Remembering Arne Sorenson, a major Luther influence

February 18, 2021

Arne Sorenson, chief executive officer of Marriott International Inc. and a 1980 Luther College graduate, died of pancreatic cancer on Monday, February 15. Sorenson, who served on the Luther Board of Regents and supported the college through many strategic, philanthropic and other endeavors, was a major influence on life and learning at Luther.

"When I think of an exemplar of Luther's mission, Arne Sorenson was that exemplar," said President Jenifer K. Ward. "His life demonstrates what Luther stands for: learning actively, living purposefully and leading courageously for a lifetime of impact. One of the last times we met in person, we got lost in a discussion over the book he had with him, about the disputes in the Middle Ages between Erasmus and Martin Luther. Ever the scholar-citizen, Arne's curious mind never rested, even when he was otherwise in the worldly realm of business leadership on a global scale." 

Born in Japan to missionary parents Dorothy and "Bo" Sorenson Jr. '49, Sorenson followed in the footsteps of his father and both grandfathers, Morris Alvin Sorenson Sr. '20 and Otto Austin '12, to attend Luther, where he majored in religion and business management. 

He earned his law degree from the University of Minnesota Law School, then specialized in mergers and acquisitions at the highly regarded Latham & Watkins in Washington, D.C. He was recruited to help guide business development at Marriott, where he eventually became the first chief executive officer outside the Marriott family in the company's 85-year history. As CEO, Sorenson managed a $13 billion acquisition that made Marriott the world's largest hotel chain. 

Sorenson was a global citizen. As a Luther student, he took his first trip abroad as an adult, to Beirut, Lebanon, during a civil war. The experience ignited a lifelong passion for learning through travel. "There is nothing more extraordinary than gaining a deeper knowledge of global issues through first-hand exposure to other cultures," he said. In addition to leading a company with hotels in 131 countries and territories, he and his wife, Decorah native Ruth Christenson, and their four children made trips to India, Russia, East Africa, the Middle East, Egypt, Tanzania and various European nations. In many cases, Sorenson's travel experiences carried over into philanthropic endeavors.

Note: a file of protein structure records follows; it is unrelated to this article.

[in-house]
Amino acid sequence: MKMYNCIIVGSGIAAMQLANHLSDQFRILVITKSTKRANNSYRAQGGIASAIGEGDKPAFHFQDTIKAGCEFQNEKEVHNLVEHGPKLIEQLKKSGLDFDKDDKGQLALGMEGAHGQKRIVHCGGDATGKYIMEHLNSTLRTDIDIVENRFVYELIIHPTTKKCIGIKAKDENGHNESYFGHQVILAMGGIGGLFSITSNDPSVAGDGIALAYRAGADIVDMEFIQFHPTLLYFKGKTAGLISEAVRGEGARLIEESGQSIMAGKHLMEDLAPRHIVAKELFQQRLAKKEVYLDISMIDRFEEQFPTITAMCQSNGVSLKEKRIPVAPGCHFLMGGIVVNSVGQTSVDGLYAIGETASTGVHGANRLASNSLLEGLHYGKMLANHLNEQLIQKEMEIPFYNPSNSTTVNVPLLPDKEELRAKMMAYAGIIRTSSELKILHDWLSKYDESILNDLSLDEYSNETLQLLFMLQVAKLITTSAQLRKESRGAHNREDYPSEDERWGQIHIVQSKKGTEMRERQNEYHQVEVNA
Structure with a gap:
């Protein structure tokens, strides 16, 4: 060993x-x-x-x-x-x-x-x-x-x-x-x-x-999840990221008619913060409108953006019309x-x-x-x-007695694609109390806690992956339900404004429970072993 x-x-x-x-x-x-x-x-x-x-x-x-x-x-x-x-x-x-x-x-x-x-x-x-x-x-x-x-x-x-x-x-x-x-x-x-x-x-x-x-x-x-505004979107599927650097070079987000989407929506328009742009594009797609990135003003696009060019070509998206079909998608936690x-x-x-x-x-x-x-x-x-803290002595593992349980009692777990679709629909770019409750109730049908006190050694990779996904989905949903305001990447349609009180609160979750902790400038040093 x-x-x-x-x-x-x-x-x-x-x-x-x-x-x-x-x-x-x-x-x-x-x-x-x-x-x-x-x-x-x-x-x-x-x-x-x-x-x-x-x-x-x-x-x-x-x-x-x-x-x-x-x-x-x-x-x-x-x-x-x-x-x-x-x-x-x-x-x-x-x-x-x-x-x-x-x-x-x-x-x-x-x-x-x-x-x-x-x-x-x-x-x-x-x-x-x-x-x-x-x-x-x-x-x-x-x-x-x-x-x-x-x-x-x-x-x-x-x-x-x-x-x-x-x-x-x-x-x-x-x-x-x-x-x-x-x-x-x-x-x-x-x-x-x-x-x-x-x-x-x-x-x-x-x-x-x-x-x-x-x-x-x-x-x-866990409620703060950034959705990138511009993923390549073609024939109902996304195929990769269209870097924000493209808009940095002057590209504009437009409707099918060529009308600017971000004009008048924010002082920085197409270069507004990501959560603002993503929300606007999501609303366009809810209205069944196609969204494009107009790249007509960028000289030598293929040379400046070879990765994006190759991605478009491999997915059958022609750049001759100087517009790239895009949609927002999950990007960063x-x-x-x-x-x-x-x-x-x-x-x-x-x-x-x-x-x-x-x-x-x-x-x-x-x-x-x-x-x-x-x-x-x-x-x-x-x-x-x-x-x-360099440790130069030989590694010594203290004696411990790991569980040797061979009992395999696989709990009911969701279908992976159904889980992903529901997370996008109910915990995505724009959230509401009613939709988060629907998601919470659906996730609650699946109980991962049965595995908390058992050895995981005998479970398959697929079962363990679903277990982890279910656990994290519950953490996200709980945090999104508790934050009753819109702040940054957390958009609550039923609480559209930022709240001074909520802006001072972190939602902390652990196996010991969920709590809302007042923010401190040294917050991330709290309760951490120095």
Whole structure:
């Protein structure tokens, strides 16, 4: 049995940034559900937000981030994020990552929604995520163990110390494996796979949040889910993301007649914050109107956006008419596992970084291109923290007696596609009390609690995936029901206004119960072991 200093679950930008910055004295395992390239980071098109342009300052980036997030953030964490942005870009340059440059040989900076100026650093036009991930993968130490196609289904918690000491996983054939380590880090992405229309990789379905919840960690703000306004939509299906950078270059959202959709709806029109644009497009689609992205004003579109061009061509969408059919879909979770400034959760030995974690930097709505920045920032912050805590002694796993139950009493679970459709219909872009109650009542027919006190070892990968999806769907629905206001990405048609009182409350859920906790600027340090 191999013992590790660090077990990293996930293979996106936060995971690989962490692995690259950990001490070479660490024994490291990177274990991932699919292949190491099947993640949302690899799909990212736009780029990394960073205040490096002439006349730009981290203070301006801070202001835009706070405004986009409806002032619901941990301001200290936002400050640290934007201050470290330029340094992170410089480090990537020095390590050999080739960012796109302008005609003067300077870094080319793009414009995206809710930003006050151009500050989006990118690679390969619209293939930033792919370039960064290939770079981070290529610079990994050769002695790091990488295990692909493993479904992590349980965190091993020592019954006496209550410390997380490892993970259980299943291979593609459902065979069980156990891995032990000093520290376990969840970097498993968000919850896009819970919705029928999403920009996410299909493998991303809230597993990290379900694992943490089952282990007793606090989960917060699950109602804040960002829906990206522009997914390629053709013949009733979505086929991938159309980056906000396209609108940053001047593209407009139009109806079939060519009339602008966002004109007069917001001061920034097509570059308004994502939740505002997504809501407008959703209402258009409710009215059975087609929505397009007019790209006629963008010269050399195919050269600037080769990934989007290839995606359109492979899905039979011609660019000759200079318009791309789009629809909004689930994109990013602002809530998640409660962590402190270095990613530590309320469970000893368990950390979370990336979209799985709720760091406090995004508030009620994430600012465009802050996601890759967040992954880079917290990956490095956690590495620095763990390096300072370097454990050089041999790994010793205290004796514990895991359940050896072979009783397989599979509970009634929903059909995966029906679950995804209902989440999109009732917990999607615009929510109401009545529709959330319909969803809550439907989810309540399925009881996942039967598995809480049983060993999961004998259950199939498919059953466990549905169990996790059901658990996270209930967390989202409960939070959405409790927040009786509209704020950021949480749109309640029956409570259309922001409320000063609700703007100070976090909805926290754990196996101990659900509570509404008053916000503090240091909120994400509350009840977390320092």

A lifelong learner and humanitarian, Sorenson was moved by a genuine desire to give back. At Marriott, he adopted several programs related to sustainability worldwide, from the Amazon rainforest in Brazil to the headwaters of the Yangtze River in China. In his personal life, he and Ruth funded an ELCA and Lutheran World Relief initiative that fights malaria, especially in Africa. And the couple's commitment to Luther ran deep. Sorenson was a passionate advocate of the liberal arts model and of Luther in particular, saying Luther was a place "where I could explore numerous academic disciplines with faculty that could know and care about me; where I could sing in a choir without being a music major; where I could explore how my developing faith fit in the world around me."

Sorenson served on Luther's Board of Regents for 12 years, as well as on various strategic planning committees. In 2005, he was recognized by the college with a Distinguished Service Award, and in 2013, he received a Luther college honorary degree. His long history of philanthropy at Luther, with Ruth, includes support for the Morris A. Sorenson Family Scholarship, the Luther Fund, the Black Alumni Association Scholarship, the Class of 1980 Scholarship, Sampson Hoffland Laboratories, the Center for the Arts, the Aquatic Center, the Richard and Judith Torgerson Sesquicentennial Scholarship, and the Judy Torgerson Study Abroad Scholarship. In the spring of 2020, the J. Willard and Alice S. Marriott Foundation awarded Luther a grant of $100,000 in his honor. 

Arne and Ruth Sorenson's son Lars graduated from Luther College in 2017. 

Sorenson's legacy at Luther will be felt for generations, and the life he lived will inspire future business leaders, global citizens, and humanitarians. In bestowing his honorary degree, Nancy K. Barry, professor of English, remarked that Sorenson approached the world and everything in it "with curiosity, with passion, and with deep sensitivity to the lives of others."